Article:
International Network

Interview: "Success is a question of attitude"
15/02 2021 // International

Interview: "Success is a question of attitude"

Photo: IHK Saarbrücken

As a former board member and chairman of the BME, Horst Wiedmann has helped to shape the procurement association for many years. In an interview with the career portal BME-JobSource, the 62-year-old procurement manager explains how the job profile has changed and what excites him about the young procurement generation.

Mr. Wiedmann, you began your career in September 1972 with training as an industrial clerk at Fichtel und Sachs AG in Schweinfurt. After completing your training, you joined the procurement department. There you were responsible for purchasing production materials for various product groups, including stamped and drawn parts, cold-formed parts and plastic parts. What did you learn there as a newcomer that is still relevant to your day-to-day work?

Horst Wiedmann: Even as an apprentice, I learned that more commitment makes you stand out from the crowd. If you only do your job, you remain unseen. So right from the start, I sought more responsibility than I was given and made an effort to think outside the box. Among other things, I always submitted many and usually successfully implemented suggestions for improvement to the company suggestion scheme - until I came to the attention of the Board of Management as a result. It wasn't long before I was promoted to group leader.

You were just 17 years old after completing your training. That time was characterized by local purchasing and classic, hierarchical structures. When you look back today, how has the industry and in particular the job description of purchasing and supply chain management changed?

Today, we are much more team- and project-oriented. The manager has much more the role of a strategically controlling moderator than in the past. Back then, the boss's order was not to be discussed - today, we generate optimized approaches by discussing the order and its fulfillment in the team. Not least because our supply chains are global and we have to operate in this worldwide network, in many cases digitally. However, the Corona crisis in particular proves that we have taken "global sourcing" too far. The risks associated with low-cost country sourcing across continents are currently being keenly felt. I believe that after Corona we will change our sourcing and supply chain strategies. How? Towards "GloKALization - the localization of the global." A bit like before.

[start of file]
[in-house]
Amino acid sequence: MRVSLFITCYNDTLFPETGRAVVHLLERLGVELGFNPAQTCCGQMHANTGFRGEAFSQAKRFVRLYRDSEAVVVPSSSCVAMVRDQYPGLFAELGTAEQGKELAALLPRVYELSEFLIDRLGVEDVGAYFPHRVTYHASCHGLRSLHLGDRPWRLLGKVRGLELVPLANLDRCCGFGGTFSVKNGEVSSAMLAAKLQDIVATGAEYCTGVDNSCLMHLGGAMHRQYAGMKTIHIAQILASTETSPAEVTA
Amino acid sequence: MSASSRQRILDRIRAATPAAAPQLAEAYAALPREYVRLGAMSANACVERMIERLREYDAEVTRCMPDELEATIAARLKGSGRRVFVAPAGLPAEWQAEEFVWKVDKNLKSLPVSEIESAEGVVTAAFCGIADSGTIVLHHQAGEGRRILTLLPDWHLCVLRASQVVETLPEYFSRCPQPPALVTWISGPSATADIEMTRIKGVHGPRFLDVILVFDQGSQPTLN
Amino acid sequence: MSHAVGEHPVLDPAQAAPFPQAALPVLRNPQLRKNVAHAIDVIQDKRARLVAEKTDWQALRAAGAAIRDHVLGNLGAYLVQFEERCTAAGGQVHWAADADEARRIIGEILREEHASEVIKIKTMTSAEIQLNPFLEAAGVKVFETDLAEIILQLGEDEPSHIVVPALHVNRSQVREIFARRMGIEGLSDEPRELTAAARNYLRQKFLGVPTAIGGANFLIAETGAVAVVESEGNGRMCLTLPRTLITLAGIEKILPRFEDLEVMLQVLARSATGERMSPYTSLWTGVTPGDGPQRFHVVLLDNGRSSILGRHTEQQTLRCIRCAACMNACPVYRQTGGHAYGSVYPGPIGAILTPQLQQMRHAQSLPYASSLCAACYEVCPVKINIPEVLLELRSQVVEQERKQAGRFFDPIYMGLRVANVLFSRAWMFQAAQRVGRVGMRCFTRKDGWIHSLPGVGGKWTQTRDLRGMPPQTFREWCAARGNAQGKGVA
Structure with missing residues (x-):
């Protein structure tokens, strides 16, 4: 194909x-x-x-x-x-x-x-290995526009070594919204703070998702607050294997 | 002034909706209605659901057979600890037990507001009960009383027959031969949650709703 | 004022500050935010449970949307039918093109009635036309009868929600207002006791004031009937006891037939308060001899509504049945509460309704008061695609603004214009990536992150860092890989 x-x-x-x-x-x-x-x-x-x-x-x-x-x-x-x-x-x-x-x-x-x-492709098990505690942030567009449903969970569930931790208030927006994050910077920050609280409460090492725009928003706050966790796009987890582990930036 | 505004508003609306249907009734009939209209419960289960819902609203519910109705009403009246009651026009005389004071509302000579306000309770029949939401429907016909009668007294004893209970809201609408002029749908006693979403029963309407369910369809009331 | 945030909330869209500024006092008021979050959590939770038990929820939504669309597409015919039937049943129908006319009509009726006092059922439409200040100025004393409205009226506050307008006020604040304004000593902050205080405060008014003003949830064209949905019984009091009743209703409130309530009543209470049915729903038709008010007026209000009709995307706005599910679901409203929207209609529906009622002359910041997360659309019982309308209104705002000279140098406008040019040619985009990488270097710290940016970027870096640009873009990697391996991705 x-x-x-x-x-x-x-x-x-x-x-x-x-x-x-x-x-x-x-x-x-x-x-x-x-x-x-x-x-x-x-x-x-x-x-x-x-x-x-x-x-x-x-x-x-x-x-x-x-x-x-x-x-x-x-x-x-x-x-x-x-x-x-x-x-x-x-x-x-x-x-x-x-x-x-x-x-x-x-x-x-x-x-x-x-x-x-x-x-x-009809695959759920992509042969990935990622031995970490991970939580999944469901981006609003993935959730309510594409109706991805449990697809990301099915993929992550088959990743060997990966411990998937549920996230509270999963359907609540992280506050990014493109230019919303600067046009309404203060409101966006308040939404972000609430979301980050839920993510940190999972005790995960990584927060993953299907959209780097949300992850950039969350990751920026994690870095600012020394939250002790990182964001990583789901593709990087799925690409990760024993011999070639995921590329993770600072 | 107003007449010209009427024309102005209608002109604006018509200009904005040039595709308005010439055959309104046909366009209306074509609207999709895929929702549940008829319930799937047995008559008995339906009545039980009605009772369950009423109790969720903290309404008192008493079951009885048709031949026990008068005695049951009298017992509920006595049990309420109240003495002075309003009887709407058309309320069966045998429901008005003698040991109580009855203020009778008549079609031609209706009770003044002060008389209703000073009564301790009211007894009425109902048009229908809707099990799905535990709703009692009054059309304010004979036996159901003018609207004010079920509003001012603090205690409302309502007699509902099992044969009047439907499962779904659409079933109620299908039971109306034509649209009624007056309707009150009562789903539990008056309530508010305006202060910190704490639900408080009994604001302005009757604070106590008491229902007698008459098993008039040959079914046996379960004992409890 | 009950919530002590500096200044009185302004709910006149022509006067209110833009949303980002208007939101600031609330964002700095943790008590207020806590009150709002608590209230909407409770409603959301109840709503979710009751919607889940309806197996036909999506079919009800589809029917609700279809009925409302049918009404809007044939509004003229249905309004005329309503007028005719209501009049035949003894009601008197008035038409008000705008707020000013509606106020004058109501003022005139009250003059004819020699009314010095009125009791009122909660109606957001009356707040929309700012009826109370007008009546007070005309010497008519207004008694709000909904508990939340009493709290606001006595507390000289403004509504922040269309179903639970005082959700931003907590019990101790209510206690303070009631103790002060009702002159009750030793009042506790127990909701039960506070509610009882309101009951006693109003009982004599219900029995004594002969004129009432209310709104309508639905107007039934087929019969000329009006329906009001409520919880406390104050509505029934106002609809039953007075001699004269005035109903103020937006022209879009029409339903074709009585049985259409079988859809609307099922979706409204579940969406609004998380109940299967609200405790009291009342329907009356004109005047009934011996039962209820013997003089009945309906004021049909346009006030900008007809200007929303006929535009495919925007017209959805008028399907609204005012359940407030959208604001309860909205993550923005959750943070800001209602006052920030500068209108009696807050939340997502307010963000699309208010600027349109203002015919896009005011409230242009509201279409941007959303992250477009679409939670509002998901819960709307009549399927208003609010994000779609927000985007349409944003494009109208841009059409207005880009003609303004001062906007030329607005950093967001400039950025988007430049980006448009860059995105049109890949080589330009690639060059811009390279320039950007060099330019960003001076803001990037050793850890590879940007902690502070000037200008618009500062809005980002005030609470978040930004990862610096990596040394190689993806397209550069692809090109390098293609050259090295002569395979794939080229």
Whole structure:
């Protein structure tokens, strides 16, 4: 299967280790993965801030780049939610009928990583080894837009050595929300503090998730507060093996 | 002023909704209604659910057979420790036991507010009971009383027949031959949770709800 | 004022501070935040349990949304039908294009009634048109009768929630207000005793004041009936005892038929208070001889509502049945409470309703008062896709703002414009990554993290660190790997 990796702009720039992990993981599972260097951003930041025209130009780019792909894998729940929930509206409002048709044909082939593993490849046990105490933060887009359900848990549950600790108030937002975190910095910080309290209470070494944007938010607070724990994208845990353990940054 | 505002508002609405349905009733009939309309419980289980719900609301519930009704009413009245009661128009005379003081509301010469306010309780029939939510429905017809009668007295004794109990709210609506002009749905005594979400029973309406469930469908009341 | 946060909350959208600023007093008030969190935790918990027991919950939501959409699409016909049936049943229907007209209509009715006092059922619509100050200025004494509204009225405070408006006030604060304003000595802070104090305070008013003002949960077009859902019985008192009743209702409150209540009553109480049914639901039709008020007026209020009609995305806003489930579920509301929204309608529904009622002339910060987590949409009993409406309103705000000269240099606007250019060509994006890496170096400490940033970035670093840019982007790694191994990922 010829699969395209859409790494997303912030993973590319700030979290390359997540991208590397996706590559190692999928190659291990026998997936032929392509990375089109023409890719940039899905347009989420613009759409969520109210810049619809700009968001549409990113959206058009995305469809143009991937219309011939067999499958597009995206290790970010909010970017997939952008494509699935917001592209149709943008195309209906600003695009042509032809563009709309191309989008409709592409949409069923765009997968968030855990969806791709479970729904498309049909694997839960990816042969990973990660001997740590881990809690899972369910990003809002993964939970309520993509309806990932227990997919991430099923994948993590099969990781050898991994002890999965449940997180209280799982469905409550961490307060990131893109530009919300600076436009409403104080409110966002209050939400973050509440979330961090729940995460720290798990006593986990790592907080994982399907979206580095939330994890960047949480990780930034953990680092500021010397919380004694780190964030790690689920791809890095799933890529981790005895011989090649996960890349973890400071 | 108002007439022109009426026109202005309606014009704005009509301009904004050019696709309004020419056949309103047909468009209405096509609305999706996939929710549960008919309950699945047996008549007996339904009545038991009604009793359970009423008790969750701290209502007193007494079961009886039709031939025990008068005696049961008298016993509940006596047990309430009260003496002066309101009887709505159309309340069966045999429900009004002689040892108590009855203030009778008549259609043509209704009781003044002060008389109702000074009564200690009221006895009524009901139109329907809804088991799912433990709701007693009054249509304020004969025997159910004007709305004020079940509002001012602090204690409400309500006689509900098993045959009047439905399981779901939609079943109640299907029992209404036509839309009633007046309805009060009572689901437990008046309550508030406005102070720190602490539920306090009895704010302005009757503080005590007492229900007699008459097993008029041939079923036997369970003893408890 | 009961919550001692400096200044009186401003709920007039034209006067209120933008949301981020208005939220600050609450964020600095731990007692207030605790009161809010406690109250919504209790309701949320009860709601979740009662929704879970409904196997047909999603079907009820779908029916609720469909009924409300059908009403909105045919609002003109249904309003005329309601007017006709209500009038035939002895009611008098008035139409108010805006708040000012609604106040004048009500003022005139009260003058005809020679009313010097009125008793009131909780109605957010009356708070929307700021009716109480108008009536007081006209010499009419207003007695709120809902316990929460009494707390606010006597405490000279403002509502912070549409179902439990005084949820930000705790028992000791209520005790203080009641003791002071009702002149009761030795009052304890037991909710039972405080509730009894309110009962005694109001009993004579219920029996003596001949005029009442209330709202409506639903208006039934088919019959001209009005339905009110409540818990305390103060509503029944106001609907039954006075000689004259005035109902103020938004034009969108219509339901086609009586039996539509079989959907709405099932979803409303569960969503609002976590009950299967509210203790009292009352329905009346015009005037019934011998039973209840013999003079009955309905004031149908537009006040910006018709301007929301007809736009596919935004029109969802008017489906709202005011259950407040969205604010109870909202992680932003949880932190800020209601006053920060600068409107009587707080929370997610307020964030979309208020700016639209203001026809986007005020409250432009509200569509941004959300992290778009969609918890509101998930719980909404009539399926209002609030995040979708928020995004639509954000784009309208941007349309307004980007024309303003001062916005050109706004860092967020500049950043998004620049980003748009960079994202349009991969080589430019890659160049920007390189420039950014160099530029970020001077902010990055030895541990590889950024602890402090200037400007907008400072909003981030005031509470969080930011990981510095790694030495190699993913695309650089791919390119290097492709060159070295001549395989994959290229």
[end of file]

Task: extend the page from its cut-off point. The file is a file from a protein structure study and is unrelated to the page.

According to the premise "Only change is the constant" How have the requirements for buyers changed over the course of your career?

The requirements have not only changed. There has been a complete paradigm and role shift of purchasing to a more strategic business partner at eye level. Purchasing has changed from being an order processor to a strategic value-added partner. Today, automated procurement processes are used to manage "smart supply chains", ensure transparency and efficiency, prevent risks and work in an agile manner. Today, we are network facilitators and innovation managers. We have to pay much more attention to strategic aspects and forward planning.

If we change the perspective and look at the suppliers. Have the requirements changed there as well? How does supplier management differ from then to now?

Sure, quite massively. Today, contracts are awarded by a cross-functional team after an international comparison of bid prices according to TCO criteria. There is no longer an uncoordinated, automatic decision in favor of the supplier who "has always supplied the parts". This is especially tough for smaller, non-global suppliers. And if you ask me about the role of supplier management - actually, it didn't exist back then. That was the responsibility of a squad in the quality area that took care of supplier quality. Today, quality and delivery service are taken for granted. Supplier management has a much stronger role in preventing quality, delivery and financial risks. In the event of environmental disasters, supplier management is the rapid reaction force. Especially recently, supplier management has been given another important task: to ensure sustainability in the supply chain and to identify necessary changes in the purchasing strategy towards "zero emissions".

Is there also something that has not changed at all? For example, which key competencies are still relevant today?